A penny saved is MORE than a penny earned (or why impulse spending is more expensive than you thought)

Source: Anne Arnould via Flickr under a Creative Commons license

Source: Anne Arnould via Flickr under a Creative Commons license

I was ogling a shiny new thing over the weekend — in this case, a laptop — as temptation crept up slowly.

“Go on,” she whispered. “You work hard.”

She was right; I do work hard, after all.

“A penny saved may be a penny earned, but look, it’s just 10 times your hourly wage,” she said while nudging me closer to the glass. “Aren’t 10 hours worth that?”

Clever girl.

A penny saved is a penny earned

Equating a penny saved to a penny earned means that every penny frugally squirreled away is a penny you don’t have to re-earn at work, but she had flipped the Benjamin Franklin (maybe?) quote on its head: She had asked me to mentally turn my money back into  labor to justify a splurge.

Have any of you ever done the same thing?

To put this into numbers, let’s assume you make $20 an hour and you’re looking at this $200 laptop at Amazon.

$200 divided by $20 an hour is equal to 10 hours. So you should just compare how much you want that laptop with how painful it is to do 10 hours of whatever you do for a living, right?

Read on.

Marginal taxes

For starters, a penny saved is more than a penny earned because of marginal taxes.

At $20 an hour, you’d be in the 25% marginal tax bracket, meaning that an additional 10 hours of work at $20 per hour would only net you $150, after taxes.

Rather, to buy the laptop using after-tax money, you would need to earn $200 ÷ (100% – 25%), or $266.67 and you’d need to work 13 hours and 20 minutes to get that. That’s a bit longer! And it doesn’t even include payroll, state, sales, and local taxes. Maybe you’d have to work two whole days!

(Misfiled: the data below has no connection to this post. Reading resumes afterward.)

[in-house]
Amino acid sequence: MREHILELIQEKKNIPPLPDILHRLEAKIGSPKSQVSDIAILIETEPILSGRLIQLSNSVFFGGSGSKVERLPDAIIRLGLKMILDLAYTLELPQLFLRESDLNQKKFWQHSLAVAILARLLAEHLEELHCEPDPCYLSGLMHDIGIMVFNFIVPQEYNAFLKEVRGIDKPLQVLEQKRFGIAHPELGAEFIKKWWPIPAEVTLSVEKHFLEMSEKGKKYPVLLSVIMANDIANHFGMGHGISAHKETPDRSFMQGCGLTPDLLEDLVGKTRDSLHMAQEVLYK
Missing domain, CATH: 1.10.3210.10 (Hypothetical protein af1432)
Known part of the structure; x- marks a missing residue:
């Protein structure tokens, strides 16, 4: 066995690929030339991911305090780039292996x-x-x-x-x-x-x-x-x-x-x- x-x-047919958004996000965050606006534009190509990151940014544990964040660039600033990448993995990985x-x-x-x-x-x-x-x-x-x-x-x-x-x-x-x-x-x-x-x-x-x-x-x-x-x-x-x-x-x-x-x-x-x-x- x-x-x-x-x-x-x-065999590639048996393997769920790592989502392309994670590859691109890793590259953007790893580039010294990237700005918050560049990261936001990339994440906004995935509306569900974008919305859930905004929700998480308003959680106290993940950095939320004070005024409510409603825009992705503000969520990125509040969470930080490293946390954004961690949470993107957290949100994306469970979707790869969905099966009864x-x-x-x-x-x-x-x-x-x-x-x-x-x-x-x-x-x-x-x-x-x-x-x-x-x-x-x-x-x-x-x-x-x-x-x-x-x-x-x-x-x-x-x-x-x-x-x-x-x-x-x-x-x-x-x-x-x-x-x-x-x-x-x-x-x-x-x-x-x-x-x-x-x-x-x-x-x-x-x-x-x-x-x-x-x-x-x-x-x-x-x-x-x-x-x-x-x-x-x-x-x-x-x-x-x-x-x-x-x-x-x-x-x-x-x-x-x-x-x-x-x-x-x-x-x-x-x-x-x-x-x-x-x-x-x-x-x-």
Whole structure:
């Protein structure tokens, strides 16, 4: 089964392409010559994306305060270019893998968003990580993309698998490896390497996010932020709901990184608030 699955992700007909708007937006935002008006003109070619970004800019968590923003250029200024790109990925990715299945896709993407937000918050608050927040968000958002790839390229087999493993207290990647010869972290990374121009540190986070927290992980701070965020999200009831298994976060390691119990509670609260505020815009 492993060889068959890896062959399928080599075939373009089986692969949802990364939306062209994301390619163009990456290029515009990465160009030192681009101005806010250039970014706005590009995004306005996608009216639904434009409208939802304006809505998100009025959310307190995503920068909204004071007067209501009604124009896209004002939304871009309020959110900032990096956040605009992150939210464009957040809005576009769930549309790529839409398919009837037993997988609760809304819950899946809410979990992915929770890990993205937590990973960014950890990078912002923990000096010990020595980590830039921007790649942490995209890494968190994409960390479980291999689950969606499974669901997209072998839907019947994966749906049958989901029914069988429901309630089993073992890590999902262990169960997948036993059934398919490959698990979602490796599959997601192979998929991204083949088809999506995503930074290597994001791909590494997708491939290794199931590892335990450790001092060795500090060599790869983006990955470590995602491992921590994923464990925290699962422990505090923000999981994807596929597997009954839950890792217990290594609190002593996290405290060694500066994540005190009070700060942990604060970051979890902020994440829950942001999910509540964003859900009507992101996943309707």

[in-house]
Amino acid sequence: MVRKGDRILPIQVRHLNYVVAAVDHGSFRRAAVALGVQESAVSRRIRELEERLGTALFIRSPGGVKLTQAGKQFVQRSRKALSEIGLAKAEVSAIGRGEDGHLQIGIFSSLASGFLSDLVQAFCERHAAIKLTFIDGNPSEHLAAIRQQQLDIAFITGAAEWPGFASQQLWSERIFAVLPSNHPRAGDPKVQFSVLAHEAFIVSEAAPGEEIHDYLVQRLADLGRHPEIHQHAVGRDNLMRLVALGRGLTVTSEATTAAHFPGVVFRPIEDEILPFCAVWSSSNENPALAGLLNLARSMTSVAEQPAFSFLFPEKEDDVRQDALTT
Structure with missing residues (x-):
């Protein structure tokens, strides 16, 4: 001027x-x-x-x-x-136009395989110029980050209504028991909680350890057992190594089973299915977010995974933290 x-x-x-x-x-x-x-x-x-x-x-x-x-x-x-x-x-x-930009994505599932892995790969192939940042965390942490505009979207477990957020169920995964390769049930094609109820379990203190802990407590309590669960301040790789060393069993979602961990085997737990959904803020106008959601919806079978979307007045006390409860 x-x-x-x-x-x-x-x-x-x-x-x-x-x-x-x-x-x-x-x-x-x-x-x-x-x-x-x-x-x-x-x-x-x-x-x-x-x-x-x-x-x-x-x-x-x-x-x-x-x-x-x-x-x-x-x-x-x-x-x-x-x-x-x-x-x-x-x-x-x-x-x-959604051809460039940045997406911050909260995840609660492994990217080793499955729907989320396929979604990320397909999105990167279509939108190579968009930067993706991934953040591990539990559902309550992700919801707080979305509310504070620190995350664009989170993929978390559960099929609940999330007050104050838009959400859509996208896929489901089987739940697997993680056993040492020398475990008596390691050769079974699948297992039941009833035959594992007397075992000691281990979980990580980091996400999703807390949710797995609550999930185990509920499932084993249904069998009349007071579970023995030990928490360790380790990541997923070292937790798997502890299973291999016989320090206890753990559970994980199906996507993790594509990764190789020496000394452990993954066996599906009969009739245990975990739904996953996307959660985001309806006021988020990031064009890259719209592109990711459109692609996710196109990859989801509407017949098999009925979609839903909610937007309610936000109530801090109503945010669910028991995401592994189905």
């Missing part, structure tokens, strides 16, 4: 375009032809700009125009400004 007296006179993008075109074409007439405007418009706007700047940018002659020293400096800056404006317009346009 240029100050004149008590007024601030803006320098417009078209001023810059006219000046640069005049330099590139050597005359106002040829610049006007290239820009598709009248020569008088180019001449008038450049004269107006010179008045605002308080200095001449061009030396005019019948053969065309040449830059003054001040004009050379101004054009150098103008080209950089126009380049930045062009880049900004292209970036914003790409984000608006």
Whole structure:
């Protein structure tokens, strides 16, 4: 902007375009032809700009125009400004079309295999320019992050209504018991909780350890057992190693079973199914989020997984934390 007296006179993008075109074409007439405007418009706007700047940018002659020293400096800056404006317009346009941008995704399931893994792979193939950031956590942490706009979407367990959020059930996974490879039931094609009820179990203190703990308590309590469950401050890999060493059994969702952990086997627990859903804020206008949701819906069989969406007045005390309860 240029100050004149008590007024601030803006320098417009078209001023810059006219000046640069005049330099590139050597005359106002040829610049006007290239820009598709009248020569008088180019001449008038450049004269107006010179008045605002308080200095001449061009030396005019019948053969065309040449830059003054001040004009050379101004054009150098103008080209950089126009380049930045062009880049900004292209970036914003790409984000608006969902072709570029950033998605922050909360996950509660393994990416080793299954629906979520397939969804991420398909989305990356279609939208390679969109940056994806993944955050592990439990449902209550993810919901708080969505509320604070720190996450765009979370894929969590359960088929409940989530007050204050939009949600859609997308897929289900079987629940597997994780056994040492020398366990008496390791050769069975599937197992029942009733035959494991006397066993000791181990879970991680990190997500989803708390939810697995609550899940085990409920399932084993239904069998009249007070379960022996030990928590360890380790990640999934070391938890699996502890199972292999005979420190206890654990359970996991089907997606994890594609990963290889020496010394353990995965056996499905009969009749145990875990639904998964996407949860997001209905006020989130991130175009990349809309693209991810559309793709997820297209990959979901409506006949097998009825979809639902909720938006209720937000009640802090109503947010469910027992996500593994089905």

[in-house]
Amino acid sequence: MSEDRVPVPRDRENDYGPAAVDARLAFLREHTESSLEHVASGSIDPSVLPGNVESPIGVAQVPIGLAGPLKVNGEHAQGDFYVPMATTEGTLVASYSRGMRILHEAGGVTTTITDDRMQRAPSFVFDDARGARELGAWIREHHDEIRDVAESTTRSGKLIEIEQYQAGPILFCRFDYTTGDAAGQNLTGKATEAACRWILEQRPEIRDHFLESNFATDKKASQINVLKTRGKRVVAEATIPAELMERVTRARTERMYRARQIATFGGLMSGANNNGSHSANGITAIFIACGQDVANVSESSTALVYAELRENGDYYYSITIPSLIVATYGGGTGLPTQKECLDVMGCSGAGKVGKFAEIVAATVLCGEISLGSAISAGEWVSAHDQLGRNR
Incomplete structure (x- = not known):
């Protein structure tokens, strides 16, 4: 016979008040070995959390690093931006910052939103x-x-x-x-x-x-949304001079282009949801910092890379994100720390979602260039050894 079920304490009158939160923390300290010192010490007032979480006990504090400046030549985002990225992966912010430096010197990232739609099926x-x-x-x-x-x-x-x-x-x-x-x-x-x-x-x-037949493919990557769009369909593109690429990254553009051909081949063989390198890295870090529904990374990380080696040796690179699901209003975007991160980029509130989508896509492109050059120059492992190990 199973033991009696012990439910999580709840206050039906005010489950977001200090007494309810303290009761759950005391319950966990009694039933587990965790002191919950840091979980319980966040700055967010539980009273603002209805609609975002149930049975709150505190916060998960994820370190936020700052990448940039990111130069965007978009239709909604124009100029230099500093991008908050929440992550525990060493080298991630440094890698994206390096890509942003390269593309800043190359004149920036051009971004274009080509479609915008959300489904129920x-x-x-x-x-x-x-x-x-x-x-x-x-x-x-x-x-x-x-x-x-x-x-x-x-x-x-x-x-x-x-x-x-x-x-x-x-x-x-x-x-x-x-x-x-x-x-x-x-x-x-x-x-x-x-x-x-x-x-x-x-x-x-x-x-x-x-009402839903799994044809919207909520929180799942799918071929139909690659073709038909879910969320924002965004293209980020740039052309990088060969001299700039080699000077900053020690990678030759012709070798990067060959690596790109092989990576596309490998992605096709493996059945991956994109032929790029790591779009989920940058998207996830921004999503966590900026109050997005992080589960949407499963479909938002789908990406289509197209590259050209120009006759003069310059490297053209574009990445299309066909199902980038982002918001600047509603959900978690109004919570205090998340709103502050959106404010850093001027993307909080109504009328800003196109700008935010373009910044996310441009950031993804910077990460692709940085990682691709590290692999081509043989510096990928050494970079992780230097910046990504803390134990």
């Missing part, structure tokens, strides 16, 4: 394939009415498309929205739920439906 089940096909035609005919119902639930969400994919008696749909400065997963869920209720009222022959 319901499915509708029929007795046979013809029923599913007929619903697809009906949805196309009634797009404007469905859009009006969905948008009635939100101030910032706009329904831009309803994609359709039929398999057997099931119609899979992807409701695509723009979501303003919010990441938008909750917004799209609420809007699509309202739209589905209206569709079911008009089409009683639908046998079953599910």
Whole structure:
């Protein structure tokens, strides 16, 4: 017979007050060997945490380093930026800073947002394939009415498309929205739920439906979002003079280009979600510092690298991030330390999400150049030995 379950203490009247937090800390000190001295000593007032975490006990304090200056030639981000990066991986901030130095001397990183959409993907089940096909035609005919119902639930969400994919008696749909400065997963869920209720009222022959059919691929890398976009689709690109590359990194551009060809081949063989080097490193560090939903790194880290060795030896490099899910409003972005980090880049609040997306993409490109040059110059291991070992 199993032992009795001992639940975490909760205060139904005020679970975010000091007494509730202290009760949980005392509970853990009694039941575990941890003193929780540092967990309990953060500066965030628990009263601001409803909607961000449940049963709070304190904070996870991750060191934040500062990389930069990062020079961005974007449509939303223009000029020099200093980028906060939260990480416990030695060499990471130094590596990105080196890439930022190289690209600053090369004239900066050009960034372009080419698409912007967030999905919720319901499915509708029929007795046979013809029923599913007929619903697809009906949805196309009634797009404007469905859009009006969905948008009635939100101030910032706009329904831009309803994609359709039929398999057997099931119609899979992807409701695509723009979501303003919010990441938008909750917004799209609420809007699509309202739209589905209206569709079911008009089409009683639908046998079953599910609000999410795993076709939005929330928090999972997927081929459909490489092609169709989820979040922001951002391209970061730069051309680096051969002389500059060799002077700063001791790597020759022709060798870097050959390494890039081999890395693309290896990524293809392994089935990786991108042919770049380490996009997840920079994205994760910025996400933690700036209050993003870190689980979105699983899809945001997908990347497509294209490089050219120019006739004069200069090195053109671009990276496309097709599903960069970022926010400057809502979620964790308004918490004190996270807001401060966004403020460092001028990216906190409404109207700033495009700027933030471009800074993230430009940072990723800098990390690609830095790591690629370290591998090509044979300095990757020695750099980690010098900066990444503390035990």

Disposable income

A penny saved is more than a penny earned because of mandatory obligations.

Suppose your monthly budget looked like this:

  • $3,500 a month is close to what you’d be making at $20 an hour. Not bad! But those of you who earn a paycheck know this isn’t close to what you’ll be taking home.
  • ($1,200) for taxes, insurance, and an automated deduction for retirement savings
  • ($200) for savings
  • ($750) for rent or mortgage payments plus city utilities
  • ($200) household utilities, including mobile phone and cable
  • ($500) for car payments (or saving to pay cash for the next car car), insurance, gas, maintenance and repairs.
  • ($400) for food.
  • ($150) for entertainment, clothes, and fitness

Do the math and you’ve got $100 in disposable income every month after all that spending. In other words, you won’t make enough to pay off that laptop in ten hours; it’ll take you two months to pay it off!

Developing habits

Have you ever seen a friend buy the latest, biggest model of TV, only to justify it by telling you that it’s the last TV she’ll ever buy? Or have you ever seen a friend buy a third new car in six years, but he tells you that he’s going to drive it into the ground?

In either of these cases, do you believe that they’re not making a habit out of getting the latest, greatest shiny new thing?

When it comes to busting your budget with an impulse buy, a penny saved is the furthest from a penny earned when you make it part of your routine.

Imagine if buying this laptop didn’t just make you a guy with a laptop; imagine if it made you the guy who buys the newest, latest laptop every six months.

Then, you’re not just using up 16 hours of labor or two months of disposable income to buy it; you’re using up a lifetime’s worth of labor and disposable income.

An ending

Anyhow, that’s how I think of it and how I’m starting to try to live. I’m trying to find things I don’t truly need and cut them out or downsize them, all so that I can focus on financial independence and the things I prioritize in life that are truly important to me.

Any thoughts on this sort of thinking?


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